17 January 2008
I feel like my perfectionism is going to tear me apart. I just want to twirl in the rain with Paul Varjak...
First bad work day. A ransacked apartment. A lack of refrigerator, and having to throw out really expensive European butter and apple cider sorbet (don't worry, nobody broke into my apartment-- I was just once again reassured that you sometimes can't rely on people ). But worst of all, my personal guilt at just not being a paragon of perfection.
"You know what's wrong with you, Miss whoever-you-are? You're chicken. You've got no guts. You're afraid to stick out your chin and say, 'Okay. Life's a fact. People do fall in love. People do belong to each other.' Because that's the only chance anybody's got for real happiness. You call yourself a free spirit, a wild thing, and you're terrified somebody's gonna stick you in a cage. Well Baby, you're already in that cage -- you built it yourself. And it's not bounded on the west by Tulip, Texas or on the east by Somaliland. It's wherever you go. Because no matter where you run, you just end up running into yourself."
15 January 2008
14 January 2008
Now, as for the room for silhouettes...what do you think about this? Unfortunately I can't take credit for this photo...but I hope to recreate it someday (and then some-- not enough silhouettes for me!).
10 January 2008
My grandmother...wasn't she gorgeous?
lights through a rainy window...
06 January 2008
What is the point of this, you may ask? Well, the passage is fairly ambiguous in terms of whether Derick is a positive or negative character (although most critics interpret Derick as a fool), but I wrote my essay about the nobility of following your dreams, no matter how unreachable all logic tells you they may be. Now, being a bit more jaded and a lot better-read, I tend to agree with the critics about Derick and that the term "valiant chase" is meant sarcastically...but I can't help but wonder about the concept of dreaming the impossible dream. Is it foolish, noble, or...is it the only option for happiness?
I'm not really the type of person who has ever had a dream. Yeah, I'm a Pisces, we live in our own little dream-world, but as far as actual life dreams, I've always sided more on the side of logic. I used to want to be a Broadway performer. After looking at musical theatre programs at colleges, I decided that I was nowhere near good enough and that I didn't have the strength to deal with being a waitress and having no life stability as I climbed toward my goal. I never really developed any other impossible dreams. Sure, sometimes I say I wish I were a fairy, and I always seem to be questing after lost causes ("when they're really lost")...but that is nowhere near chasing the ungettable get.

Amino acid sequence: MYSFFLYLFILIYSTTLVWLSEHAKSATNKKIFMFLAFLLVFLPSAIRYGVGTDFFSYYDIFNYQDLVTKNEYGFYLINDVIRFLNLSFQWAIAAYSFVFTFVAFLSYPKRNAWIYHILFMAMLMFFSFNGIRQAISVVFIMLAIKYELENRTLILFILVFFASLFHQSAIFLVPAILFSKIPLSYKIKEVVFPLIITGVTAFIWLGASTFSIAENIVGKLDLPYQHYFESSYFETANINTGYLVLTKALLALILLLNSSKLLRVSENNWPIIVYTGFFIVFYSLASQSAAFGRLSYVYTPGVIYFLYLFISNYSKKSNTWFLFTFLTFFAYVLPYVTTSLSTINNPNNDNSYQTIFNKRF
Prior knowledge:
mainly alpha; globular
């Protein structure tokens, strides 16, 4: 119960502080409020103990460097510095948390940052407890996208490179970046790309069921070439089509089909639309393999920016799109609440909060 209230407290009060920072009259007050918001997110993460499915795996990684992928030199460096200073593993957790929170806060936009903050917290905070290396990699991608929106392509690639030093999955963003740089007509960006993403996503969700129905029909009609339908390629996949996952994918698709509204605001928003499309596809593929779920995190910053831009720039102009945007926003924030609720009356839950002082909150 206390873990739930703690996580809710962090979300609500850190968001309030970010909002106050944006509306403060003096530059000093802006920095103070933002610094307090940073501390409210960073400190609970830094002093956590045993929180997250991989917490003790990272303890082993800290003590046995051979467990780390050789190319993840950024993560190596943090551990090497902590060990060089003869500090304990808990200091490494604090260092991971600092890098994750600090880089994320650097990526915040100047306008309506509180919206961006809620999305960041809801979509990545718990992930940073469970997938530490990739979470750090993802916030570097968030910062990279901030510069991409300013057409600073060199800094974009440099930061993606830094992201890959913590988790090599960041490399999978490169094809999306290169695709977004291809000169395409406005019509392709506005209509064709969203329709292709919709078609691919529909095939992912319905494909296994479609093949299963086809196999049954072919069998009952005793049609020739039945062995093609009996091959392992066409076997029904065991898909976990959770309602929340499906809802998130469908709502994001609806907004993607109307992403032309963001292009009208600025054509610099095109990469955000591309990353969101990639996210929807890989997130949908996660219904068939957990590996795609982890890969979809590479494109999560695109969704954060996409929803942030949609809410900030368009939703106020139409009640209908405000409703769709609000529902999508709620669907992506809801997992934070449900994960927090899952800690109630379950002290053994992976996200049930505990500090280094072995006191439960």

When I was at Disney World with my family, I saw all of these little adorable girls dressed up as their favorite princesses.
To them, by putting on the dress they became princesses for a day! Whenever they saw Belle or Ariel or Mickey Mouse, they thought that they were seeing the real thing, and they believed that dreams can come true "when you wish upon a star." To them, magic is very real and enchantment is within their reach. When exactly do we stop believing that? Or furthermore, when exactly do we start telling children that they need to stop reaching for the stars and start living on solid ground? When does chasing Fin-Backs stop being noble and start being foolish?
I guess there is no real conclusion to be made here. But despite how jaded and earthly I may be, I still sometimes feel my toes stretching up off the ground. Despite everything, I still believe in so much and have so much hope, even though I tell myself to be logical and not get my hopes up. If I have to say I got a little foolish, so be it-- at least I wasn't afraid. Guess I'm just another one of the Dericks, my friend...